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So That’s What “Regression Testing” Is!

There seem to be a lot of testers which think that “Regression testing is when we retest everything all over again”. Well, yeah, but why is it called “Regression testing” and not “Retesting everything all over again”?

There seem to be a lot of testers who think that “Regression testing is when we retest everything all over again”. Well, yeah, but why is it called “Regression testing” and not “Retesting everything all over again”?

"Retest everything" is not the explanation of the phenomenon under discussion! This is only a description of the external signs of this phenomenon. The same way a child could explain what a car is without knowing how and why everything works. Like "A car is when Dad is at the wheel, he is going to work, and I'm going to the kindergarten, and it is comfortable to be inside the car”. Everything’s correct, isn’t it?!

Apart from the term regress, there is also the term regression which is in itself an ambiguous term. It is present in psychology or financial analysis where it stands for completely different things.

Well, then. Wikipedia correctly describes the essence of the term “Regression testing” (from Lat. regressio — backward movement), but the expanded explanation is not adequate enough. It’s childish.

Let’s talk adult.

First of all is the concept of Progress.

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And then there is the concept of Regress — reverse side of progress. Each and every system develops (progresses) by accumulating functionality. That's great.

For example, let’s take some political party: it appears in one town, then, if it starts growing, it opens branches in the neighboring districts, towns, cities, regions, counties, provinces, reaches the level of a real political force. Any ERP system evolves based on the same principle - more and more information is collected and taken into account for each event. Reports become more and more colorful, three-dimensional, queries contain more and more IFs, BUT NOTs, and EXCEPTs.

However, increase in functionality seamlessly brings an increase in the amount of relationships between the functions. The party becomes more and more autonomous at different locations, the head of the party can no longer decide everything by himself/herself. Now before making a decision the head of the party has to negotiate it with the most influential leaders of the regional offices. Now the interests of others have to be considered. Now it is impossible to be sure that the some order issued to the regions will reach everyone and will be carried out exactly as planned.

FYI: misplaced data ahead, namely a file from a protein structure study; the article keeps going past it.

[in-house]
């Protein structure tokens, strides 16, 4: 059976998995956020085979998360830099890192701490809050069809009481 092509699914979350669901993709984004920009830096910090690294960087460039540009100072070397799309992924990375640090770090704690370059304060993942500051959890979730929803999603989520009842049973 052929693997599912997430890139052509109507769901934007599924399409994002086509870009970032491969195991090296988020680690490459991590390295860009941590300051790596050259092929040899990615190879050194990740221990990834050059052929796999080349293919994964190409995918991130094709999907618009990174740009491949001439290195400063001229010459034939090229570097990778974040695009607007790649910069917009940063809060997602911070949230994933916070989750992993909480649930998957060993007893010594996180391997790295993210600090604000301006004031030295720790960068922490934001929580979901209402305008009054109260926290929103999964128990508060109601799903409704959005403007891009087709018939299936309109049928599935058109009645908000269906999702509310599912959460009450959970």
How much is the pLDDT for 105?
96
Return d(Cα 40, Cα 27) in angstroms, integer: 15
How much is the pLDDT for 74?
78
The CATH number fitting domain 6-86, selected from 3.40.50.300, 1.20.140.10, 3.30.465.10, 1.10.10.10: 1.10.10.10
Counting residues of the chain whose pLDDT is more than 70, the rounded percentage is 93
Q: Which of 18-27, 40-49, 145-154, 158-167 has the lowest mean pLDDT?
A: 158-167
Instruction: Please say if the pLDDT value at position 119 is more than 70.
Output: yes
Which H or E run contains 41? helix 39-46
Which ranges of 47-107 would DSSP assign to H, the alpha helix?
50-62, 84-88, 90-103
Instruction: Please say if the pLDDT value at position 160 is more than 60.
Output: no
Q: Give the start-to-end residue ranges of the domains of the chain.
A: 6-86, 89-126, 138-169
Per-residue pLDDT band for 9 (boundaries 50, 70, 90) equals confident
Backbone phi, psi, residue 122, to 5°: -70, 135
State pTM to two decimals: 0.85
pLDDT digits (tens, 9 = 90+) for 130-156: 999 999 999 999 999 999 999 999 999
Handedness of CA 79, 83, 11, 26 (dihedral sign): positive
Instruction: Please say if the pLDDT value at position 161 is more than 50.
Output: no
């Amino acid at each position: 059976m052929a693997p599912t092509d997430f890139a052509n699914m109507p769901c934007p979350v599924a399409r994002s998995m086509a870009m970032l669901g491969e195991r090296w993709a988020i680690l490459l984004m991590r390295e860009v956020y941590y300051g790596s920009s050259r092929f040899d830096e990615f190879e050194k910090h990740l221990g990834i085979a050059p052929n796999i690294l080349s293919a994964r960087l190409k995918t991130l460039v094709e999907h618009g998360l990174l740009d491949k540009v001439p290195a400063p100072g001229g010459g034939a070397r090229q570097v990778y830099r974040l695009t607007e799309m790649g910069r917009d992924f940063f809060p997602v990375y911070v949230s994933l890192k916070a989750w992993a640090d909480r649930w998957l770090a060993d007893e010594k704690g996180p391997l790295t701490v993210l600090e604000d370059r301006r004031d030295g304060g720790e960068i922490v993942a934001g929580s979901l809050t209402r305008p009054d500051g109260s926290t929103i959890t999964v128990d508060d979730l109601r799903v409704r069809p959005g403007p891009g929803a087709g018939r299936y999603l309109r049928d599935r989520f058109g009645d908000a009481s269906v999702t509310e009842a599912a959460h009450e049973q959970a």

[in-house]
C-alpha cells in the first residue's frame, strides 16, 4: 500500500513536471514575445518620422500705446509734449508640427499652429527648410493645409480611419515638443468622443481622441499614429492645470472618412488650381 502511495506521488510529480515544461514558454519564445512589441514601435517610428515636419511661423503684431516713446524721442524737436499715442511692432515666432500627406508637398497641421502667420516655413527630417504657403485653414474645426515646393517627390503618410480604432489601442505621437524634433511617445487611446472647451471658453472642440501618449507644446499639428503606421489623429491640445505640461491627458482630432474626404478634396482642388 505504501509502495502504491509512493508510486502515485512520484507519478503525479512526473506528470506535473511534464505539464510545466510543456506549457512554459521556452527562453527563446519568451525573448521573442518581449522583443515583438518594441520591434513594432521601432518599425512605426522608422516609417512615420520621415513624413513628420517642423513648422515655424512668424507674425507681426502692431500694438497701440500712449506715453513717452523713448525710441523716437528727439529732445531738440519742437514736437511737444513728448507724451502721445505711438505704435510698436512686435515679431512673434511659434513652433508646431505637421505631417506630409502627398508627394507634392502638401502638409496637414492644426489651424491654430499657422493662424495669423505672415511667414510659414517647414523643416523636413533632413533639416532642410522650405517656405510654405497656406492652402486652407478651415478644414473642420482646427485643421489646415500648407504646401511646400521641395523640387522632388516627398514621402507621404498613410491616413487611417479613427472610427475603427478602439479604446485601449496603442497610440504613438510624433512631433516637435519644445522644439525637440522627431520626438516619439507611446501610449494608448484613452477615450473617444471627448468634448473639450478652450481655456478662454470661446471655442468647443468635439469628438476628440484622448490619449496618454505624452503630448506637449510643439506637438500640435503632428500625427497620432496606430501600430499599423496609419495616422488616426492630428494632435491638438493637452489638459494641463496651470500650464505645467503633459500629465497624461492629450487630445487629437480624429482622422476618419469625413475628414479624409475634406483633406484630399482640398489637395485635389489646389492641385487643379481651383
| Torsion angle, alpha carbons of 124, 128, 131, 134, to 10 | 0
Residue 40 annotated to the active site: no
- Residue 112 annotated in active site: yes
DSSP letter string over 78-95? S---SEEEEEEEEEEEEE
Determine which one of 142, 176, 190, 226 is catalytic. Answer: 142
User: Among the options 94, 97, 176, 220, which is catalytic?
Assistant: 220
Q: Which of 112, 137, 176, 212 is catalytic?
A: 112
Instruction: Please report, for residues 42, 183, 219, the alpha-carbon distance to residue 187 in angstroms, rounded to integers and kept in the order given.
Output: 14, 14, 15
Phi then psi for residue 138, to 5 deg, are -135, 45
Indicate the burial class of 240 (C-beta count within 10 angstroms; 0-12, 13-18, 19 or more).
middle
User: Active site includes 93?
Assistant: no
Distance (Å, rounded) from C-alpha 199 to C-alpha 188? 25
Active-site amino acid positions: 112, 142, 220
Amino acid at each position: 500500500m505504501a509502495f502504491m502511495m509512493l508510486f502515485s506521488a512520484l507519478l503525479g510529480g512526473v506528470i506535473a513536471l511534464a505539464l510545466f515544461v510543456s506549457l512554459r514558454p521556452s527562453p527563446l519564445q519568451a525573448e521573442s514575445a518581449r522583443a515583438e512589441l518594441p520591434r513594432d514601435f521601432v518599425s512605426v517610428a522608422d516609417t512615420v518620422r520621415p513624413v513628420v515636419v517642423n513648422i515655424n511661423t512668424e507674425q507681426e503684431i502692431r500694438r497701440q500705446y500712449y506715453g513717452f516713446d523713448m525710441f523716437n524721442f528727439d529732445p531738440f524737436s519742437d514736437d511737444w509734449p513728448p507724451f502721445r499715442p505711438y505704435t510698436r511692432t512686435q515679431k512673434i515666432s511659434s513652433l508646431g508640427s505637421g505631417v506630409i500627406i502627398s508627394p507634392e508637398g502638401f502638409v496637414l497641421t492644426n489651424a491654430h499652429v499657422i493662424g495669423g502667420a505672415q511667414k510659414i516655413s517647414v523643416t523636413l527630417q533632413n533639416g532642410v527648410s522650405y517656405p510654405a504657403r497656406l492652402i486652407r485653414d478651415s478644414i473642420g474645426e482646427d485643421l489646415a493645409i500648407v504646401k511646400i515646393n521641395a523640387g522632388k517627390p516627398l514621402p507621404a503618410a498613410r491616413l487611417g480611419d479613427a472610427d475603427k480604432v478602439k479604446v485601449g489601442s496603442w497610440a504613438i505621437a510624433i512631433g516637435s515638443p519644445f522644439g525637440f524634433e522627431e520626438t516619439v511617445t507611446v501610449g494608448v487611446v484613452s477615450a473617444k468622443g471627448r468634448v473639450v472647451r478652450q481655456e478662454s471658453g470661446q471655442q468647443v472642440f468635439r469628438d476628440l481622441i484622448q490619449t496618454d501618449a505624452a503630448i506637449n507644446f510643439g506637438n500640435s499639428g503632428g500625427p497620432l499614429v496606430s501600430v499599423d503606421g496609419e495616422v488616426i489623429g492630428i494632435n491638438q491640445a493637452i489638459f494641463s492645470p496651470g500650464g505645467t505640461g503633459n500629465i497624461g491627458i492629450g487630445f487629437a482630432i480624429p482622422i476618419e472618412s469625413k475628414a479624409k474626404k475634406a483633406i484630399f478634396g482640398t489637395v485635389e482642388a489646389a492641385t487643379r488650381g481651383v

This is regress.

To make sure that the current system is not regressing, it is sometimes useful to conduct its comprehensive testing. And it is even more logical to retest everything you can if some significant changes were introduced in the system.

From the outside it looks like "When a new functionality appears we must re-test everything!" As if the testers run the existing tests for the thousandth time, that's all.

No, that’s not all. This is not enough.

The problem of regress for testers is much more serious - we never know what a new functionality will bring to the system. And every time it is necessary to assume/identify/test new interactions in the system, not only to test the new features in isolation from the rest.

What is the sense of running old test cases if they were created without taking into account the new scenarios?

Over time, old functionality starts to intersect with the new one more tightly, and we must re-analyze, re-identify new situations that may arise, re-write test cases that now affect functionality much less than integration aspects…

And in "integration" such bugs exist, which you could never think of when considering the login function separately from other functions...

That is why regression testing is a never-ending nightmare, actually... And asking, "Is it a regress" (not to be confused with "Is it a regression") is a constant challenge that at some point in time has to be constantly dealt with.

At some moment in any project the improvement of the product itself stops, and the struggle for it "to continue working as before" starts... with a constant clarification of whether there is any regress due to the growing complexity of the system.

At the beginning of the project there is no need AT ALL to think about regression testing. At the beginning of the project, there isn’t much sense to bother with the test cases.

But the further you go…

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